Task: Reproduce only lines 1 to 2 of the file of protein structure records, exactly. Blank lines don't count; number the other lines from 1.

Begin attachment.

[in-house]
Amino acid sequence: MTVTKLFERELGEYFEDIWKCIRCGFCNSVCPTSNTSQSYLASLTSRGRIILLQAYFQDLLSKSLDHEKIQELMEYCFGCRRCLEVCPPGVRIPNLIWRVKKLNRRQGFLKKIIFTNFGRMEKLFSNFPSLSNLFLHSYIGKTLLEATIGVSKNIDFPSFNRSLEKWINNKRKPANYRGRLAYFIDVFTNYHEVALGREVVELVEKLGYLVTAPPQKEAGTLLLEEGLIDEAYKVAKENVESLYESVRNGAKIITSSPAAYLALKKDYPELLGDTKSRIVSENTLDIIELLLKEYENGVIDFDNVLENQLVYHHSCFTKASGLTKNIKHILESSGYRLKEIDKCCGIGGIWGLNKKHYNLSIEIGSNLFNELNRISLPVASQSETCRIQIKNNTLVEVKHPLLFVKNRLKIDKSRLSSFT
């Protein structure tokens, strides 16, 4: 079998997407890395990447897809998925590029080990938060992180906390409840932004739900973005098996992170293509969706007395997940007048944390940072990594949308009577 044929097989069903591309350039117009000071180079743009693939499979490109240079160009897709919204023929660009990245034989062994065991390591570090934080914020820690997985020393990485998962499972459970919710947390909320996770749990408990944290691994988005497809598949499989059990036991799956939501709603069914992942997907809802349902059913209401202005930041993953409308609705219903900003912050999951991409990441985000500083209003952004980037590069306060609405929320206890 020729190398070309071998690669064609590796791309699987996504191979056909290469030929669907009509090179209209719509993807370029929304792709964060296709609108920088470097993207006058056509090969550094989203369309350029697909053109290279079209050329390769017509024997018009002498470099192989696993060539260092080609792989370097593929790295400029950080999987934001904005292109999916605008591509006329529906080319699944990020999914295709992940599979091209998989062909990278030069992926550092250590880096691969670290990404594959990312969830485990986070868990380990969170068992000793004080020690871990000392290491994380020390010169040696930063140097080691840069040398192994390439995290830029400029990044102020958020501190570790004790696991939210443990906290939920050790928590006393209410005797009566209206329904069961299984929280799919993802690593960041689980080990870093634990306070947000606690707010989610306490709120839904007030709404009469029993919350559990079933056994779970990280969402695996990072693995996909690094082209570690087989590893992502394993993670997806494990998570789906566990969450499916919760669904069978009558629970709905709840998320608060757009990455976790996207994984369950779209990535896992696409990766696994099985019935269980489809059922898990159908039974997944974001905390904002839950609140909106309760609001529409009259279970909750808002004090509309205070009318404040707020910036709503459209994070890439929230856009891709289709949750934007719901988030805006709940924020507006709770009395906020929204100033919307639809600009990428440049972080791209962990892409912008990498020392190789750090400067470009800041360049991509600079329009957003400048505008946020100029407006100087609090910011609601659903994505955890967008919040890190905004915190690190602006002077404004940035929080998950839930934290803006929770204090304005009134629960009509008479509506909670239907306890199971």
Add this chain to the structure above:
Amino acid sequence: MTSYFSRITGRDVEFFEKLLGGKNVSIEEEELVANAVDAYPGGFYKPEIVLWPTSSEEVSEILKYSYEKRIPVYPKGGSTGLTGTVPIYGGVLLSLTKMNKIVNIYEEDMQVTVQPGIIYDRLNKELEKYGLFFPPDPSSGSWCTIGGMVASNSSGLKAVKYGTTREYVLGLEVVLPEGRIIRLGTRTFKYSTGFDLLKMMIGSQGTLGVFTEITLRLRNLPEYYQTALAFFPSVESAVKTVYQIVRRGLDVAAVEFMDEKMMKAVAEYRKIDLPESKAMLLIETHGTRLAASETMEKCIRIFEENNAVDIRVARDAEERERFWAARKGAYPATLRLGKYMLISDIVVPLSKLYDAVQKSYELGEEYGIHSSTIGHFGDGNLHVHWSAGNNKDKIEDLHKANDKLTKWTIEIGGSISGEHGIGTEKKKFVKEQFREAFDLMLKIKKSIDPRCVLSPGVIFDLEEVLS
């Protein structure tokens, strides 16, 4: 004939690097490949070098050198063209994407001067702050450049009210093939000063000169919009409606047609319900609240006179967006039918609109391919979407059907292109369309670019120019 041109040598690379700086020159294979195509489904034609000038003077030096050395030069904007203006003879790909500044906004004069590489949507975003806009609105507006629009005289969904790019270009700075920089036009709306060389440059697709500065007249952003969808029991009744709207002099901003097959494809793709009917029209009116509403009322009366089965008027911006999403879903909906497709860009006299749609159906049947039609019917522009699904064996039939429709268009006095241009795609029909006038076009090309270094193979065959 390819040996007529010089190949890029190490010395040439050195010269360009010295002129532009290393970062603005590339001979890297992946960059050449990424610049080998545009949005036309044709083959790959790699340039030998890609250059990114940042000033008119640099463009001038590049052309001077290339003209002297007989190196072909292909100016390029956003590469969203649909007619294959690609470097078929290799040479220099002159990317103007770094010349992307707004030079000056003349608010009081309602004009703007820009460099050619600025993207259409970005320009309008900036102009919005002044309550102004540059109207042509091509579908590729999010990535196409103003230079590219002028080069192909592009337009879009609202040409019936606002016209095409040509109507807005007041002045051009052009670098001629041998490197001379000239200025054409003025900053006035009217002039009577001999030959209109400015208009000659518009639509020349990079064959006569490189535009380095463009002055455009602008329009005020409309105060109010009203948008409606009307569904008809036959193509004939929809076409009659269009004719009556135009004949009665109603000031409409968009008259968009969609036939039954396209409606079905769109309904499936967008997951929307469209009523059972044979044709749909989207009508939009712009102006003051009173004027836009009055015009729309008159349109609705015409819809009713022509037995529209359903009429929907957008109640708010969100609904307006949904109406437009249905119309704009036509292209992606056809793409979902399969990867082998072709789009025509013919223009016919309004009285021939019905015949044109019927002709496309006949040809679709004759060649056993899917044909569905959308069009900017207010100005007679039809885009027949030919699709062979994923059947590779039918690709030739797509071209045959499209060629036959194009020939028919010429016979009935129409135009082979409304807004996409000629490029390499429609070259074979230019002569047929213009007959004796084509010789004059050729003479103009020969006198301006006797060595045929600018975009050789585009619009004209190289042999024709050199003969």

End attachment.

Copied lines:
[in-house]
Amino acid sequence: MTVTKLFERELGEYFEDIWKCIRCGFCNSVCPTSNTSQSYLASLTSRGRIILLQAYFQDLLSKSLDHEKIQELMEYCFGCRRCLEVCPPGVRIPNLIWRVKKLNRRQGFLKKIIFTNFGRMEKLFSNFPSLSNLFLHSYIGKTLLEATIGVSKNIDFPSFNRSLEKWINNKRKPANYRGRLAYFIDVFTNYHEVALGREVVELVEKLGYLVTAPPQKEAGTLLLEEGLIDEAYKVAKENVESLYESVRNGAKIITSSPAAYLALKKDYPELLGDTKSRIVSENTLDIIELLLKEYENGVIDFDNVLENQLVYHHSCFTKASGLTKNIKHILESSGYRLKEIDKCCGIGGIWGLNKKHYNLSIEIGSNLFNELNRISLPVASQSETCRIQIKNNTLVEVKHPLLFVKNRLKIDKSRLSSFT